With summer upon us, recent high school graduates across this country are planning their next steps in life. About 69 percent of those teens will choose the path of traditional higher education. Yet only four-in-ten will graduate after four years.
The truth is, the standard American education system is far too rigid to foster success in all our young people. Most traditional universities have stringent application and admittance criteria and a similarly entrenched approach to building knowledge. But not everybody learns that way. And that is ok. As an 18-time Grammy winner, I am proof that struggling within the traditional system often has more to do with the system itself than the individual, and once you find a place that allows your creativity to thrive, success will follow.
I came to the U.S. as an undocumented immigrant as a child with my family that was fleeing a military dictatorship in Argentina. Though my parents valued education in our household, I was never a very good student. But while I lacked “book smarts,” I had a passion for music and creating. Unfortunately, without a stellar academic record, I didn’t have a lot of options after graduating high school. While I had a knack for creating music, a degree from a music school like Berklee College of Music or the University of Miami was out of reach for me. They required an audition on a main instrument, but I came at music from a different angle and was passionate about punk and alternative music. Combined with my average grades, below-average SAT scores, and the out-of-reach tuition expenses, those options were a non-starter for me.
The application process for most universities weeds out nontraditional students like me. We are smart and creative, but unable to excel in a system that values reductive thinking and conformity. With so few options, I ended up enrolling in a public university in Florida thanks to an Equal Opportunity Program for minority students.
It was like putting a square peg in a round hole.
My learning style is hands-on and I struggled there. I knew my true passion would always be music, but I was unsure how to make a living doing it. I knew I wasn’t in the right place. Then one day I stumbled upon a music career day that changed my life. There I found a school that catered to individuals like me.
That school was Full Sail University, and throughout my time in its recording arts program, I thrived. I had finally found a program built for students who did not learn in the traditional way, and where passion coursed through the veins of the faculty, staff, and the other students. Full Sail’s hands-on teaching approach allowed me to learn how to operate the technical equipment I would encounter throughout my career as a music producer and engineer. Thanks to the unique experience Full Sail offered, I was fully prepared for my first post-graduation job in Crescent Moon Studios, owned by Gloria & Emilio Estefan.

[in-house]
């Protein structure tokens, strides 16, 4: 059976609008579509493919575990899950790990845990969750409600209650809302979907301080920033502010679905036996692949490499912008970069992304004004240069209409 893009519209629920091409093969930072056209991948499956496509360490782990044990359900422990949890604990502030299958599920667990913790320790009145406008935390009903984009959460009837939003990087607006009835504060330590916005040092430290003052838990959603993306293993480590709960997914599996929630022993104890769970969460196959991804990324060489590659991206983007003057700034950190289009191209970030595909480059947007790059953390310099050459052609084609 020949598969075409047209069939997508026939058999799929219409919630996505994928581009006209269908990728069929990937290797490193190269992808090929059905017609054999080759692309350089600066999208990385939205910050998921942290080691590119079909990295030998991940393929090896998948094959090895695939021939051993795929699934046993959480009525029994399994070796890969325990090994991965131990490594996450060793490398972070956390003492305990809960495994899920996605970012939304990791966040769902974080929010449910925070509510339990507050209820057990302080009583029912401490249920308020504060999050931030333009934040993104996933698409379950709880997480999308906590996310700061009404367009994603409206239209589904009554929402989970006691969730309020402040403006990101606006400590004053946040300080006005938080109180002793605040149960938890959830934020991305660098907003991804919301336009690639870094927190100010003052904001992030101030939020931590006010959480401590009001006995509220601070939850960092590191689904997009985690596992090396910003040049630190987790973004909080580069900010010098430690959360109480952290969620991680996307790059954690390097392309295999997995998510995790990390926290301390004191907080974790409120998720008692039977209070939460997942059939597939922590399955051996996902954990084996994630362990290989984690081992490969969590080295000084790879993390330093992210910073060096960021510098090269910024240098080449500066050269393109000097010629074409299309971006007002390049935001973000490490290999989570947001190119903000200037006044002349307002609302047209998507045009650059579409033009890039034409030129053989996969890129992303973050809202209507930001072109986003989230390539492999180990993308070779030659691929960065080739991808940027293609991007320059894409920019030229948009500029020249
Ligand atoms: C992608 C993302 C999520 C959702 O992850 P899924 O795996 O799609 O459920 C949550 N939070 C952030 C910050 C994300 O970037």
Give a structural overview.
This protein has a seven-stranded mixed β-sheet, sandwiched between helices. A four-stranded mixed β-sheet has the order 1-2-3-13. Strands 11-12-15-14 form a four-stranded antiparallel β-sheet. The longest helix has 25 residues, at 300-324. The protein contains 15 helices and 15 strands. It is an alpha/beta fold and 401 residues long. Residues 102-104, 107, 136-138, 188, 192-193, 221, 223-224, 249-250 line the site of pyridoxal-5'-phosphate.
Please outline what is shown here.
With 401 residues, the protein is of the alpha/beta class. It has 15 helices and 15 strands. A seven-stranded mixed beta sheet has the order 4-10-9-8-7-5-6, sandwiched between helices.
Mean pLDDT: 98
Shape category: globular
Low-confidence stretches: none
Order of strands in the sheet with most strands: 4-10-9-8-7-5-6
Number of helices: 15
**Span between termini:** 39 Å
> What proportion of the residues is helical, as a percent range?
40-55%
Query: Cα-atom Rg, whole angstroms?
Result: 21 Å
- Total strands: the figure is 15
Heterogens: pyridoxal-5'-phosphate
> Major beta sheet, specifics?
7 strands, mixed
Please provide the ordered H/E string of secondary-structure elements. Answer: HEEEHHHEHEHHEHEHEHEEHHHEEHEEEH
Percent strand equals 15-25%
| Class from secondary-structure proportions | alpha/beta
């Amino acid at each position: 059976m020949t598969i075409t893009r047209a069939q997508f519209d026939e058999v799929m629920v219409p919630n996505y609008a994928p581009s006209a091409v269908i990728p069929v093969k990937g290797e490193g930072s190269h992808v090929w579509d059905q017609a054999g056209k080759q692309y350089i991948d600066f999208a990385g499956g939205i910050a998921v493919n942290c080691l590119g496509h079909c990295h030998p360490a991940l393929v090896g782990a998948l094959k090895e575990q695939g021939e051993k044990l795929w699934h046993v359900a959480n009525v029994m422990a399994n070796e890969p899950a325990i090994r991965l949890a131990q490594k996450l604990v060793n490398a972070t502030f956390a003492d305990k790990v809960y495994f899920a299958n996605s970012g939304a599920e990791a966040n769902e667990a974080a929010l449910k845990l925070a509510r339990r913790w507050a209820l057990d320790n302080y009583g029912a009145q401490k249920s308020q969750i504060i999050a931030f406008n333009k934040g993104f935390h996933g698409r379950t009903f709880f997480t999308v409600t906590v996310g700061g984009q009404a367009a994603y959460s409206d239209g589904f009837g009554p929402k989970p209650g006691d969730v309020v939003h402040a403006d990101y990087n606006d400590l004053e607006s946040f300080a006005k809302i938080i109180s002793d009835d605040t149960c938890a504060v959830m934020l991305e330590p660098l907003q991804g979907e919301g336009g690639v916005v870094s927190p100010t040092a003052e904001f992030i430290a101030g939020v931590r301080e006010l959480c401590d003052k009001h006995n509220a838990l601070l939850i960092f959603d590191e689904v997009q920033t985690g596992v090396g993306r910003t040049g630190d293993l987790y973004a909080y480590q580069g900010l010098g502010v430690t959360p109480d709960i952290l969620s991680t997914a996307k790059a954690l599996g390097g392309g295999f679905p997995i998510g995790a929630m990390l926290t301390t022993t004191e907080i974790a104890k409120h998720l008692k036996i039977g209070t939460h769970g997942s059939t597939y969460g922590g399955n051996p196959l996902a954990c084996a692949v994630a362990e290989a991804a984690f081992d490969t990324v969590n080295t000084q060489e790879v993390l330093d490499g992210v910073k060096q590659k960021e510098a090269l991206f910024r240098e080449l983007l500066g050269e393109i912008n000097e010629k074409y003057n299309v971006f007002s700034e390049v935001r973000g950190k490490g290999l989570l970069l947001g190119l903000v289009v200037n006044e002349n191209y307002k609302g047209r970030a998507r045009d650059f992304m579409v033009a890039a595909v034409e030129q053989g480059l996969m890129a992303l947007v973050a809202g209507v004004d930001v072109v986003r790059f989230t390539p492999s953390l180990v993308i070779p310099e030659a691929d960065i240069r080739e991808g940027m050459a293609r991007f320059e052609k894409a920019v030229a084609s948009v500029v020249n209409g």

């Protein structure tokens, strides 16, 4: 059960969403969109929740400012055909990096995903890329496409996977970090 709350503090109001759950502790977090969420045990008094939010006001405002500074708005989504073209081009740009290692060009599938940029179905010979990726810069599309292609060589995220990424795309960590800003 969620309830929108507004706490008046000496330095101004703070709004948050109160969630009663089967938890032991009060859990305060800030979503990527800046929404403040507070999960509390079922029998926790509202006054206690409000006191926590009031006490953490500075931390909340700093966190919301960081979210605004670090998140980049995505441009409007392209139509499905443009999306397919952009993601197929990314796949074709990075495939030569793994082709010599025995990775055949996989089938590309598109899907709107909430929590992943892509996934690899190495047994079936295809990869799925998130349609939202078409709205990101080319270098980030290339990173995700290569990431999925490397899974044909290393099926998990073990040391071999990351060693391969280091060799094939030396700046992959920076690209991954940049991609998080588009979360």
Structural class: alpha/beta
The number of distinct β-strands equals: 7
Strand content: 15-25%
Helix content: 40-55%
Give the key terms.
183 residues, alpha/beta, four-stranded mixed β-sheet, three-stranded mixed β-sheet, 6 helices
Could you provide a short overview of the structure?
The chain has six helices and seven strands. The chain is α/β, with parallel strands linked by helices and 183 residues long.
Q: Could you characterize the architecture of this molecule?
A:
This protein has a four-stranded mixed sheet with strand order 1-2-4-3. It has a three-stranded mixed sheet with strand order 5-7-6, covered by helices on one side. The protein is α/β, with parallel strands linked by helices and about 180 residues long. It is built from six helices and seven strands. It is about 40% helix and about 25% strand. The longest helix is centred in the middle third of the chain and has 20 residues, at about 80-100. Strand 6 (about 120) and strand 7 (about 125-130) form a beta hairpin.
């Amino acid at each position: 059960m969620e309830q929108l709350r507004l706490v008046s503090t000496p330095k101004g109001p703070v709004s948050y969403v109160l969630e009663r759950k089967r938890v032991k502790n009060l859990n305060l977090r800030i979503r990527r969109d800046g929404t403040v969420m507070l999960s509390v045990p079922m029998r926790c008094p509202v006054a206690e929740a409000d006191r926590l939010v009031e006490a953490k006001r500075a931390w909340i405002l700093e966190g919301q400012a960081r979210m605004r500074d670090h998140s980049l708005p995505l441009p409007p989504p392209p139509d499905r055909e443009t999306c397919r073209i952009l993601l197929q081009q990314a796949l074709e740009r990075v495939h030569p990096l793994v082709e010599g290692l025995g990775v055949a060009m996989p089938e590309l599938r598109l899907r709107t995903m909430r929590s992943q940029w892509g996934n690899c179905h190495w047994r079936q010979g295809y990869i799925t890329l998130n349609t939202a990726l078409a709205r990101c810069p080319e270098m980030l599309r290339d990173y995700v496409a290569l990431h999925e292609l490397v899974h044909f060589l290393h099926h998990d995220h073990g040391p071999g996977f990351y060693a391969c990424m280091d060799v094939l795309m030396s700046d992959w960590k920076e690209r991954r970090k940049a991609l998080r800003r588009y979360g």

I started out as a coffee-fetching intern. But after years of hard work, I began working on projects for the likes of Jennifer Lopez, Ricky Martin, and Shakira. I have been extremely fortunate to work with some of the biggest names in Latin music and I’m thankful to have won six Grammys and twelve Latin Grammys. I’ve even lectured at the very same music schools that wouldn’t have accepted me as a student.
As I look back at my education journey, I can say with certainty that the standard education system in our country marginalizes a large population of people that have a lot to give but are not wired to learn in the way that traditional schools teach. Had I listened to the system and believed I wasn’t capable of success I don’t know what I’d be doing now. But I probably wouldn’t be spending every day in the studio making music for people to enjoy.
As students look toward the future, I encourage everyone to keep in mind alternative education options. While a traditional university may be a good choice for some, others may need to look a little harder to find a school that is the right fit for them. Do not get discouraged and do not give up. And never let someone diminish your passion.